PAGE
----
How Does Scoring Work in Cricket? A Beginner’s Guide

Cricket is a popular sport played and enjoyed all over the world. While the objective of the game is to score as many runs as possible, the scoring system in cricket can be confusing for beginners. In this article, we will break down the basics of how scoring works in cricket, including runs, boundaries, wickets, and dismissals.

Runs and Boundaries

In cricket, runs are scored when the batsmen hit the ball and run between the wickets. A boundary is scored when the ball reaches the boundary line of the field. There are four types of boundaries in cricket:

  • Four: When the ball crosses the boundary after touching the ground.
  • Six: When the ball clears the boundary without touching the ground.
  • Overthrow: When the fielder throws the ball past the wicket-keeper, and the batsmen score extra runs.
  • Bye: When the ball misses the bat and the wicket-keeper, and the batsmen score extra runs.

Wickets and Dismissals

In cricket, there are two sets of wickets, each consisting of three wooden stumps and two bails placed on top. The objective of the bowler is to hit the wickets and dismiss the batsman. There are several ways a batsman can be dismissed in cricket:

  • Bowled: When the ball hits the stumps and dislodges the bails.
  • Caught: When a fielder catches the ball hit by the batsman before it touches the ground.
  • Run Out: When the fielder hits the stumps with the ball while the batsman is running between the wickets.
  • Stumped: When the wicket-keeper removes the bails while the batsman is out of the crease.
  • LBW (Leg Before Wicket): When the ball hits the batsman’s leg instead of the bat and would have hit the stumps if the leg was not there.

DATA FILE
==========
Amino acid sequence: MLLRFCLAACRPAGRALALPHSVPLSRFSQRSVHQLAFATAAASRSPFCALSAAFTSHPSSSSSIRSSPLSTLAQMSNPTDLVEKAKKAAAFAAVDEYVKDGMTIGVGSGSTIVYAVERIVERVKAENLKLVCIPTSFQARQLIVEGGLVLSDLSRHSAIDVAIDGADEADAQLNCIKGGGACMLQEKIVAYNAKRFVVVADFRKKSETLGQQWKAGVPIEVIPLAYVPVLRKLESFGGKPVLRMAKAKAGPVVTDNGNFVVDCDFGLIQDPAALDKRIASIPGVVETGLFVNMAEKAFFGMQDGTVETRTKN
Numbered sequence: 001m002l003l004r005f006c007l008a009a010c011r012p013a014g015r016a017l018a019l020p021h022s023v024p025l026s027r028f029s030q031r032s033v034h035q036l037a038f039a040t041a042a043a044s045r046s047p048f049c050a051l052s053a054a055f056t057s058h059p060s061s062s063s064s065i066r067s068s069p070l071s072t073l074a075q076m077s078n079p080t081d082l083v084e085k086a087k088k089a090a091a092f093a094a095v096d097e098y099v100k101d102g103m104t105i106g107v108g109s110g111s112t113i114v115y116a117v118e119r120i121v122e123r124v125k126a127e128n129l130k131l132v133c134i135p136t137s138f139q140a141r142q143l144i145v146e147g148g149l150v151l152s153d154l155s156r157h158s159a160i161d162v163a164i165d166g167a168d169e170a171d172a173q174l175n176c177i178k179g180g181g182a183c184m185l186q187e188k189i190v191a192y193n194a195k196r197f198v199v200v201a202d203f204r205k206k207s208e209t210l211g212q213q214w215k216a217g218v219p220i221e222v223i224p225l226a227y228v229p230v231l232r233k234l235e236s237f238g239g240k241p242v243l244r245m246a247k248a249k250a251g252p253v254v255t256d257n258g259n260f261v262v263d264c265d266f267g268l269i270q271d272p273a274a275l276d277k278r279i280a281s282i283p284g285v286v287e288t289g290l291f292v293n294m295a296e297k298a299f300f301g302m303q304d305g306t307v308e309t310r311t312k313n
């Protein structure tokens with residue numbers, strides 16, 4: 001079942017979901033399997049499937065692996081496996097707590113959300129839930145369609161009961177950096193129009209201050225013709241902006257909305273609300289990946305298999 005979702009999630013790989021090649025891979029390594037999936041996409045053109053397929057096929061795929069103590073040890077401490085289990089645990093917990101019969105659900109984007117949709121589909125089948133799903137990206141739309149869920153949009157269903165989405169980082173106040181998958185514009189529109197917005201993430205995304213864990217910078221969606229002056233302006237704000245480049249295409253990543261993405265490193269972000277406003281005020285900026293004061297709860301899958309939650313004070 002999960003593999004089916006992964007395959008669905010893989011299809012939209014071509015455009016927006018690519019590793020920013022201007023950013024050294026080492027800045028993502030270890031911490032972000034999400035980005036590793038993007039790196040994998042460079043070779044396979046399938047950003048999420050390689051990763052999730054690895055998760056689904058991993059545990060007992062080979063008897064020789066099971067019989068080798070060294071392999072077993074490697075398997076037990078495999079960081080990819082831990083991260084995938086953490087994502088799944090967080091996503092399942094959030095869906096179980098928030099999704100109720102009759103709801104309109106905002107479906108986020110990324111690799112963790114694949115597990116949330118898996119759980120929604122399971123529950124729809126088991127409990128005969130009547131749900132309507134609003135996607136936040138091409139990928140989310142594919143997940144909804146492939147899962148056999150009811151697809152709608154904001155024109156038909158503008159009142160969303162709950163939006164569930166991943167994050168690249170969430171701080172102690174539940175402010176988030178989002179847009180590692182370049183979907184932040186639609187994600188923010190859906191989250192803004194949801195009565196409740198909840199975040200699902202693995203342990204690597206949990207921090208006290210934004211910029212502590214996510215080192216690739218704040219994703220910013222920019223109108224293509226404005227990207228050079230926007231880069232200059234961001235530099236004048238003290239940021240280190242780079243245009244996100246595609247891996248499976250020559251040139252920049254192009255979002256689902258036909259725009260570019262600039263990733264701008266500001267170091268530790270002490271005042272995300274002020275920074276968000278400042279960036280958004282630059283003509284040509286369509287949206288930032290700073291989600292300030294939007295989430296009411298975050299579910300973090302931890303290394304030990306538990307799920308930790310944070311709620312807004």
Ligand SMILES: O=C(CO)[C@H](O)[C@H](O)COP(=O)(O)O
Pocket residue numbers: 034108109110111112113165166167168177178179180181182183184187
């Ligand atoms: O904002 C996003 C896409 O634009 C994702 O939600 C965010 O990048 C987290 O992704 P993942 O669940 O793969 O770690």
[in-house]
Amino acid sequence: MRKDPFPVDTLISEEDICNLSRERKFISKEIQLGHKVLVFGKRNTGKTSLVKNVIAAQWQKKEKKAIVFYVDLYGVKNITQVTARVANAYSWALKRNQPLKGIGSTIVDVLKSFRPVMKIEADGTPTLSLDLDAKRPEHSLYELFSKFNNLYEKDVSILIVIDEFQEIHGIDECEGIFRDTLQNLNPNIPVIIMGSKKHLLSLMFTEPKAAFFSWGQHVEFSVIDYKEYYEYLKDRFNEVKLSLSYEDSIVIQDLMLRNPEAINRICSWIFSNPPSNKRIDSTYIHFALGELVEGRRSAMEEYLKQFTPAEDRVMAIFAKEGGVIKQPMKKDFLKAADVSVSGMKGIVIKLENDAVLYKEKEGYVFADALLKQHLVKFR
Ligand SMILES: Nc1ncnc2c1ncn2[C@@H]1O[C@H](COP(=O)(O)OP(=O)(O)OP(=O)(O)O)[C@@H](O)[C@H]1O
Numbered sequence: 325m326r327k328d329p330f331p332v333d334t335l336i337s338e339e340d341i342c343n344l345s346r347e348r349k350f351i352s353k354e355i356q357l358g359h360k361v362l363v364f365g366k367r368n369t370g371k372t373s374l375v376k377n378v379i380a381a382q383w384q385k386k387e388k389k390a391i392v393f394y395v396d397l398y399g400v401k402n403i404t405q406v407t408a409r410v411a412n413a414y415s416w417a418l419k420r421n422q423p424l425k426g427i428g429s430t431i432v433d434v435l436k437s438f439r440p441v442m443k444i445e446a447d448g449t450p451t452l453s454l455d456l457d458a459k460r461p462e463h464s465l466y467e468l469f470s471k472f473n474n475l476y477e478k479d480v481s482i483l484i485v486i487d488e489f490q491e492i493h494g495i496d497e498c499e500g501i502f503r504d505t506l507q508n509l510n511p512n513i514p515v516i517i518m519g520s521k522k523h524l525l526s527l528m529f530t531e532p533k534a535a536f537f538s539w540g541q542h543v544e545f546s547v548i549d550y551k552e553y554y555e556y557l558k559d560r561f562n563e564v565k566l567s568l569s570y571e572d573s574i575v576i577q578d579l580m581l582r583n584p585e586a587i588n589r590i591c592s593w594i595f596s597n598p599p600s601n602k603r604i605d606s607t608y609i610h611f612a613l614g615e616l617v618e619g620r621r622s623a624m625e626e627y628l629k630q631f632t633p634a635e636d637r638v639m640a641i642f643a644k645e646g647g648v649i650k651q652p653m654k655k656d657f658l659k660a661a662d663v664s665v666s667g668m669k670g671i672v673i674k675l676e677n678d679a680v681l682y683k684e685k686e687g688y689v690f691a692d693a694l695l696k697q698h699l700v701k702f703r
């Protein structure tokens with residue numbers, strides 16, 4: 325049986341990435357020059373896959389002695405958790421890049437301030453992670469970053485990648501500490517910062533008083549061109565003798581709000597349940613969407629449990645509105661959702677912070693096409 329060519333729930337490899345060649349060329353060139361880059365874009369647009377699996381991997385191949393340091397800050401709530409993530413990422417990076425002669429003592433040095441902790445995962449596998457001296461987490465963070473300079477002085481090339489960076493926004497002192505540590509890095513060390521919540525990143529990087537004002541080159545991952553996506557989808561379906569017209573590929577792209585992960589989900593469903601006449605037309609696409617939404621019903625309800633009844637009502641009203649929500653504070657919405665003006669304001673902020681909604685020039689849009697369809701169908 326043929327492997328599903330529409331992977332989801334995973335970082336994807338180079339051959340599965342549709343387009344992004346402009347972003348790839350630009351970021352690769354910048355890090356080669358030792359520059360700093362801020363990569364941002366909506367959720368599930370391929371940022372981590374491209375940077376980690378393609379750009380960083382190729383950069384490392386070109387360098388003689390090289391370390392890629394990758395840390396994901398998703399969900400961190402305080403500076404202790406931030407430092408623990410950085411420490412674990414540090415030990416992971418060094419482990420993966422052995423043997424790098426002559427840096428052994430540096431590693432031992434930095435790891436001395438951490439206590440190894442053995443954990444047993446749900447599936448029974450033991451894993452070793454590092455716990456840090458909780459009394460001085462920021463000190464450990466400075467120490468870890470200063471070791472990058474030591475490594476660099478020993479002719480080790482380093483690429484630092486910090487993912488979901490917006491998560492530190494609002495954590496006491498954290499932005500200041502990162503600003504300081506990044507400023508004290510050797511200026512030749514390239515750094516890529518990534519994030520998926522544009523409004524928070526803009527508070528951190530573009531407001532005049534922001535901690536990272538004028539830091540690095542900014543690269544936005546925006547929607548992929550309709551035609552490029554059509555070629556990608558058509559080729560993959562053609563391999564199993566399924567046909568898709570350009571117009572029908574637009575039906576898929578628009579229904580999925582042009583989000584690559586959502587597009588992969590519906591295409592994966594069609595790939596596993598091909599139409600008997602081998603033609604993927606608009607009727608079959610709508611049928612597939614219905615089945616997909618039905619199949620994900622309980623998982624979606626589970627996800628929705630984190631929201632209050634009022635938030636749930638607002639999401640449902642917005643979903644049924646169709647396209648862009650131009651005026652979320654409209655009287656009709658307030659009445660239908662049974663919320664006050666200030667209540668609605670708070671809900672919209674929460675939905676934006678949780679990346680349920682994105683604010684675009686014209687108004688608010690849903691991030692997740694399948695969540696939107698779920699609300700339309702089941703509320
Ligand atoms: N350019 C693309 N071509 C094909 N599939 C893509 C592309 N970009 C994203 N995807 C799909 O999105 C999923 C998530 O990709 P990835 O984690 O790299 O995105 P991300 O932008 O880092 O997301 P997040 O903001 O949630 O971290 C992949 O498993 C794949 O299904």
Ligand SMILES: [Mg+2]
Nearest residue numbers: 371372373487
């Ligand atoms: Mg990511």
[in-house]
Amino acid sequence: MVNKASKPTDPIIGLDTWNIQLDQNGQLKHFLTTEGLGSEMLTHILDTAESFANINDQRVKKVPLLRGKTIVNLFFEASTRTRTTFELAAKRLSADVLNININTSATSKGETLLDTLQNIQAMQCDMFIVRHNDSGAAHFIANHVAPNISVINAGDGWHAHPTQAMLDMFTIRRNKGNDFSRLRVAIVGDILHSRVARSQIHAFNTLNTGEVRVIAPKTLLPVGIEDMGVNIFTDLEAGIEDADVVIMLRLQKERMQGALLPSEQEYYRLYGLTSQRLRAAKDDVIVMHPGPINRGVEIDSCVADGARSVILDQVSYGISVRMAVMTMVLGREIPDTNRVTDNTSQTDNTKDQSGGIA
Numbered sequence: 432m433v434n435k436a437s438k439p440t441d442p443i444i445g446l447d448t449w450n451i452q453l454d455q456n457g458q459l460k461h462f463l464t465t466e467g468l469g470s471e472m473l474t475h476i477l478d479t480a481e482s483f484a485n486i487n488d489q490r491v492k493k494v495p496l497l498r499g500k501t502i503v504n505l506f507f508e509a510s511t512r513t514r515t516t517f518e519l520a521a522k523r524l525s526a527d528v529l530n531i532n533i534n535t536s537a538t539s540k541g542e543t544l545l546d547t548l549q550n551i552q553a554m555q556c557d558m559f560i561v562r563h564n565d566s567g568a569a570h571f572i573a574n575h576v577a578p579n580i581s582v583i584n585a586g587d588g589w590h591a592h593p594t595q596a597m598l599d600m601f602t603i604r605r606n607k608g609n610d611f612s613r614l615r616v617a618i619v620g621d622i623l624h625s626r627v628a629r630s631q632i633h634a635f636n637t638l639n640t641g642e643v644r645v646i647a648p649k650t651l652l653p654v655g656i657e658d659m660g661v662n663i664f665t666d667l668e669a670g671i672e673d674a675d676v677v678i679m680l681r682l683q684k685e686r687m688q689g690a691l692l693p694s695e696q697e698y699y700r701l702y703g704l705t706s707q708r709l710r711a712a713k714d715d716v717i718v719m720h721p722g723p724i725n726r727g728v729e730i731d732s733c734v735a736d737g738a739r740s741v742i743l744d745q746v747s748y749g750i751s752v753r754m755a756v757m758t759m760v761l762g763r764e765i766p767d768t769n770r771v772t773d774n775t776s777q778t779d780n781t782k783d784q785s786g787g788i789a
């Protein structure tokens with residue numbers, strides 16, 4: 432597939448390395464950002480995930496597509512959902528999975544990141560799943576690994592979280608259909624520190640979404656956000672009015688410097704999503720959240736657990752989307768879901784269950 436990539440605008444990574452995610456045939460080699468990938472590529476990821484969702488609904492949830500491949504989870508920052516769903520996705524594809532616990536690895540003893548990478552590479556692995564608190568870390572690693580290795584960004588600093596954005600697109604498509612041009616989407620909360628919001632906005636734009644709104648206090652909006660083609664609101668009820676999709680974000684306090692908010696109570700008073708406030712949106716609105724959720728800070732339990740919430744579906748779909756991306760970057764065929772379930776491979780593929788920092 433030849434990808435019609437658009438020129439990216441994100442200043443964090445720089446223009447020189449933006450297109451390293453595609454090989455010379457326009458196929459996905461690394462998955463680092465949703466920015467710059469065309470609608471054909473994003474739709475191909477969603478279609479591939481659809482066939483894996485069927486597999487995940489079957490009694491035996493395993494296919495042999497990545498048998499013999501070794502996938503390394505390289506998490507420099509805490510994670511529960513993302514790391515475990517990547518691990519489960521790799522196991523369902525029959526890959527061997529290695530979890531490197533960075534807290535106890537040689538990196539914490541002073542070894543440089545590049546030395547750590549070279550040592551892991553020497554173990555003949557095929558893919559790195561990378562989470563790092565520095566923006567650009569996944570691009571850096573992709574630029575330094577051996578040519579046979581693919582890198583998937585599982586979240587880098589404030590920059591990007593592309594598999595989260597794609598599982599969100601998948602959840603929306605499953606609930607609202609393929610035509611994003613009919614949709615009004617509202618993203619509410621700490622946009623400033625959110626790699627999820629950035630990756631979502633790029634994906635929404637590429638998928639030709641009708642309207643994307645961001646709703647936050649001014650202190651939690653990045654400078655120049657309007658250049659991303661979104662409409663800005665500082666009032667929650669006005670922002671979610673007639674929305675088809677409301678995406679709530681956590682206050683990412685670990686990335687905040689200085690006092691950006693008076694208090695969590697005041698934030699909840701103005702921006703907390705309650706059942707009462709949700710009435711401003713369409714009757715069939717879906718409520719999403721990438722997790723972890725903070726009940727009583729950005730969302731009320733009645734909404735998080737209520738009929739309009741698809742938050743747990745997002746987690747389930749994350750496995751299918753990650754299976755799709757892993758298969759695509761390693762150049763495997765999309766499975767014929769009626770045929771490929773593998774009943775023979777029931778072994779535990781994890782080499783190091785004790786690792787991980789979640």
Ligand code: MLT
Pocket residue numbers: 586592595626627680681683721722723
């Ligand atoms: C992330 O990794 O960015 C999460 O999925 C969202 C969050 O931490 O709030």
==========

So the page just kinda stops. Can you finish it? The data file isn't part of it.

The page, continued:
Extras

In cricket, there are several ways in which the bowling team can concede extra runs to the batting team. These include:

  • No Ball: When the bowler oversteps the crease, throws the ball above the waist height, or bowls a full-toss above the waist height.
  • Wide: When the ball is bowled too far away from the batsman.
  • Bye: When the ball misses the bat and the wicket-keeper, and the batsmen score extra runs.
  • Leg Bye: When the ball hits the batsman’s leg and the batsmen score extra runs.

Scoring in Different Formats of Cricket

The scoring system in cricket varies depending on the format of the game. In Test cricket, teams bat for two innings, and the team with the most runs after both innings wins. In One Day Internationals (ODIs), each team gets 50 overs to bat, and the team with the most runs at the end of the game wins. In Twenty20 (T20) cricket, each team gets 20 overs to bat, and the team with the most runs at the end of the game wins.

Conclusion

Scoring in cricket may seem complicated at first, but with practice and patience, it can be easily understood. Knowing the basics of how runs, boundaries, wickets, and dismissals work can help you enjoy the game more and

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